Another missing piece in the above list of commands is the ability to interact with a load balancer. Many people might skip this step these days, as they are using something like nginx's internal load-balancing abilities and may not have an easy way to set something like a maintenance mode to drain existing connections to a host. In that case, you may just skip ahead to stopping the service and let the health check detect the failure. That approach risks dropping existing connections though, and because I use Haproxy as my load balancer, I can use its built-in command mode to set a maintenance mode on specific servers if I'm logged in to the load balancer.

Fortunately, MCollective has the ability to extend its existing set of commands with your own custom plugins to perform specific tasks. Unfortunately, writing, packaging and deploying even trivial MCollective plugins can be a bit complicated the first time you do it, and it's involved enough that it would require an article all of its own. MCollective's plugin documentation is a good place to start, and in particular, the documentation on writing plugins that use MCollective's RPC framework makes the code you have to write much more straightforward, even if you aren't familiar with Ruby.

When you write a custom MCollective plugin, you choose a new plugin name (say, haproxy) and then define a list of commands you want to pass that new plugin (such as disable_server and enable_server). If a command needs some kind of argument passed to it, you also define those. Then, you map those commands and arguments into basic command-line commands using their RPC framework, or you can dig in to using native Ruby libraries if you are familiar with that.

I wrote a custom Nagios plugin and an Haproxy plugin that would send my custom commands to their command file and command socket, respectively. So to set a maintenance mode on server1.example.com for Nagios and Haproxy, I would type these commands:

mco rpc nagios maintenance server=server1.example.com duration=5m
mco rpc haproxy disable_server server="serverrole/server1"

Because I took advantage of MCollective's RPC framework, I have to type rpc in front of my custom commands.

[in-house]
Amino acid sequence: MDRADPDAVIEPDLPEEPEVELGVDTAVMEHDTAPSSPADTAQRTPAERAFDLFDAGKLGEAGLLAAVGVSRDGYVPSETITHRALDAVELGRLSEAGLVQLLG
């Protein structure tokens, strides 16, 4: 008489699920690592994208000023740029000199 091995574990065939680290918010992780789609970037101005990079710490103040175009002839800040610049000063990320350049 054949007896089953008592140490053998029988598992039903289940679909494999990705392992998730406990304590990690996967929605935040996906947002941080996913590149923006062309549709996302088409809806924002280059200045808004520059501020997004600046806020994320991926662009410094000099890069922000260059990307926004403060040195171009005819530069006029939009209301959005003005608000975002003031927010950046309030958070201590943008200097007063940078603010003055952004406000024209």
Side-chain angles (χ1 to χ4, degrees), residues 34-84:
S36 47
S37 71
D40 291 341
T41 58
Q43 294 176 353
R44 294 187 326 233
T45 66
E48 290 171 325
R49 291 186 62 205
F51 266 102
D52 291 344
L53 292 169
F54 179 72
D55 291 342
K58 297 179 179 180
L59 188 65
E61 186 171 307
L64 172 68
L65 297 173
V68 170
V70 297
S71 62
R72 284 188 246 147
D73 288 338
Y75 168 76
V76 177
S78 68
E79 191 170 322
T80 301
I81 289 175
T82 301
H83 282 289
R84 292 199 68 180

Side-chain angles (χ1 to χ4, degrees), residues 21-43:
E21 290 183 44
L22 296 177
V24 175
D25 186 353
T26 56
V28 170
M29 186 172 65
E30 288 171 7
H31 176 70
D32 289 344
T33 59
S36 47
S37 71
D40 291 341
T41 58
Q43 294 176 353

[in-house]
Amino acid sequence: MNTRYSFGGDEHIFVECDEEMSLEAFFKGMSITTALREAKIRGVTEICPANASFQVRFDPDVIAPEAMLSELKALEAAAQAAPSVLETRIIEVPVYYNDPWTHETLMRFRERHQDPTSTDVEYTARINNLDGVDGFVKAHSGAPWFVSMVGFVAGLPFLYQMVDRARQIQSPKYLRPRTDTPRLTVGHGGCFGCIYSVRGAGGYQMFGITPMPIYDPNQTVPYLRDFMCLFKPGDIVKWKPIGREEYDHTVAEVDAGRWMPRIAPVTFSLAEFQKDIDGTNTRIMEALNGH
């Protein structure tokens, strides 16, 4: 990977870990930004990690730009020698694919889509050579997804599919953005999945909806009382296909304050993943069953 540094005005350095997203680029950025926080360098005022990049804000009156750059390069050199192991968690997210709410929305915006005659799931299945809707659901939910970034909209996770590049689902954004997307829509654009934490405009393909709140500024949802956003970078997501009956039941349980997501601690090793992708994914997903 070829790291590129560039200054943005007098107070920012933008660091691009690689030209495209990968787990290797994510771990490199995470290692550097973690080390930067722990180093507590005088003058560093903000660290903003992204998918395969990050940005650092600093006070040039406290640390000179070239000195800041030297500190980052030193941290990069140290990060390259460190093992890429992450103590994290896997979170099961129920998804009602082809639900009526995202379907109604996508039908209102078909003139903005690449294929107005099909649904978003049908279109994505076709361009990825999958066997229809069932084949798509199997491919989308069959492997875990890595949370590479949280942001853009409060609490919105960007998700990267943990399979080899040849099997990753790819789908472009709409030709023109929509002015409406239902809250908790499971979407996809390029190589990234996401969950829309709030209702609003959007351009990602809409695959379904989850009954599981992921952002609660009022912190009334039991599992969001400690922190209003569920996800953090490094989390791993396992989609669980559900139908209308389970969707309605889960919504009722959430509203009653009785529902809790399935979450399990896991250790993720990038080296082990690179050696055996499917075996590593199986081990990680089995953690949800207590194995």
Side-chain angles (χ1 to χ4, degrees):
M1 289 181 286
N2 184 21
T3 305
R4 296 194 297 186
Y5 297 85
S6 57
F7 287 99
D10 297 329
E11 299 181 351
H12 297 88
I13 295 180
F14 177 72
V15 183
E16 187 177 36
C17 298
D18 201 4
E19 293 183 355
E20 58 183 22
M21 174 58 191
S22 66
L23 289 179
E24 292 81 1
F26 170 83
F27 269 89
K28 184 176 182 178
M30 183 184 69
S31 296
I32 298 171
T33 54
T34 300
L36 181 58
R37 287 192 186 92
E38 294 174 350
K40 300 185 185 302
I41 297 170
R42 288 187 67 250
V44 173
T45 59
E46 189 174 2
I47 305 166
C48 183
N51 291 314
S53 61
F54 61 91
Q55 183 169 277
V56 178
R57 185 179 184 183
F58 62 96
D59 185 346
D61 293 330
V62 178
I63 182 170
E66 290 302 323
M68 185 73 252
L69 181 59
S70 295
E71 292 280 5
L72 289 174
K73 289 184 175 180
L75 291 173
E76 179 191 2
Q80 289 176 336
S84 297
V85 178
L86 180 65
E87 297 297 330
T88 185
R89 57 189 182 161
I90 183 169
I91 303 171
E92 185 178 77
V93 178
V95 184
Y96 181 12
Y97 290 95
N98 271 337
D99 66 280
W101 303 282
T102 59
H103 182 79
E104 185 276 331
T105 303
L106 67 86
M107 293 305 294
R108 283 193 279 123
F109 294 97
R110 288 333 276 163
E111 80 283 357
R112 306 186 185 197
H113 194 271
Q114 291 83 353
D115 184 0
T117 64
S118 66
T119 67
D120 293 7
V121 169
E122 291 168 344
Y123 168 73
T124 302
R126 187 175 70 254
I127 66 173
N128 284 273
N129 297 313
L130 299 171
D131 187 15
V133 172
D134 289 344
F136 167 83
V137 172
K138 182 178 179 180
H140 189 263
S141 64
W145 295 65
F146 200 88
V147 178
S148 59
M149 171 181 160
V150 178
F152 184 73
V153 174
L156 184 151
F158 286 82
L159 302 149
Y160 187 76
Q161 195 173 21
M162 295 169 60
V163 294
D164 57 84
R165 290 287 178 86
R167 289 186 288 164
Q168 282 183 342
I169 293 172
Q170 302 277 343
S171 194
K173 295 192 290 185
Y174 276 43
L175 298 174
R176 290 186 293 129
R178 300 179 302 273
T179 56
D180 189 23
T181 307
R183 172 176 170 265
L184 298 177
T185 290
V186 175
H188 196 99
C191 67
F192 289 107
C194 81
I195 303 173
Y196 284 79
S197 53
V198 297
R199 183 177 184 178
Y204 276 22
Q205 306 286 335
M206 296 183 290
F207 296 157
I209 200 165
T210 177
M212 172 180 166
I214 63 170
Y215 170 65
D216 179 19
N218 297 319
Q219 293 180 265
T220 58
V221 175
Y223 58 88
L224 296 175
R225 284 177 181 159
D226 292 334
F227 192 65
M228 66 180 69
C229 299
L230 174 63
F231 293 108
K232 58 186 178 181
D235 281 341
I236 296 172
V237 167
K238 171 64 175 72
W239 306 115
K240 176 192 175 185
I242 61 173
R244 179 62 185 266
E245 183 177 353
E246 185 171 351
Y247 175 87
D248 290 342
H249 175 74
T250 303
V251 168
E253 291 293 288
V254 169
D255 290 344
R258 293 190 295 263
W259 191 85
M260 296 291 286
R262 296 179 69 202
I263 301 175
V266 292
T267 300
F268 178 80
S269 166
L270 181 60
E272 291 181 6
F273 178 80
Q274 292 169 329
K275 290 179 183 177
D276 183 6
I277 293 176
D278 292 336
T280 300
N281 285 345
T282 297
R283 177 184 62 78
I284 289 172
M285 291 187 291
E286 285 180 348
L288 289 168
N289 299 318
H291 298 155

Next I provide the name of my plugin, then the command I want to run, followed by any custom arguments. Then on the Nagios server side, I intercept that command and format it into a format I can write to Nagios' local command file so it can execute. In the case of the Haproxy plugin, this command goes out to any server that happens to be running Haproxy. If a particular Haproxy server doesn't have my server defined in its configuration, it doesn't do anything harmful, and otherwise, it sets it to maintenance mode.

With these plugins in place, you can replace the above generic list of steps to specific MCollective commands:

  • mco find -S "domain=example.com and resource('Package[myapp]).managed=true"

  • mco rpc nagios maintenance server=myapp1.example.com duration=5m

  • mco rpc haproxy disable_server server="myapp/myapp1"

  • mco rpc package apt_update -I myapp1.example.com

  • mco service myapp stop -I myapp1.example.com

  • mco package myapp update -I -I myapp1.example.com

  • mco service myapp start -I myapp1.example.com

  • mco service myapp status -I myapp1.example.com

  • mco nrpe check_app_health -I myapp1.example.com

  • mco rpc haproxy enable_server server="myapp/myapp1"

I've ended up wrapping all of these commands inside a basic shell script that takes the name of a particular application as an argument, then performs the first mco find command to get the list of servers that have that package installed. Then at that point, I just run the next set of commands in a basic for loop. Where appropriate, I added a sleep command here and there to give a service time to come up. If any of the commands fail, the script exits out and reports the error so the administrator can investigate. Otherwise, it runs through each server in order.

Of course, later versions of this script have become a bit more sophisticated, so it can accept some custom arguments, log the output to a known log file and be more efficient in how it sleeps between commands. But the end result for the sysadmin is a simple "deployapp" script they can run that properly updates the application the right way, every time, with no risk of skipping or forgetting a server or steps in the process.

Kyle Rankin is a Tech Editor and columnist at Linux Journal and the Chief Security Officer at Purism. He is the author of Linux Hardening in Hostile Networks, DevOps Troubleshooting, The Official Ubuntu Server Book, Knoppix Hacks, Knoppix Pocket Reference, Linux Multimedia Hacks and Ubuntu Hacks, and also a contributor to a number of other O'Reilly books. Rankin speaks frequently on security and open-source software including at BsidesLV, O'Reilly Security Conference, OSCON, SCALE, CactusCon, Linux World Expo and Penguicon. You can follow him at @kylerankin.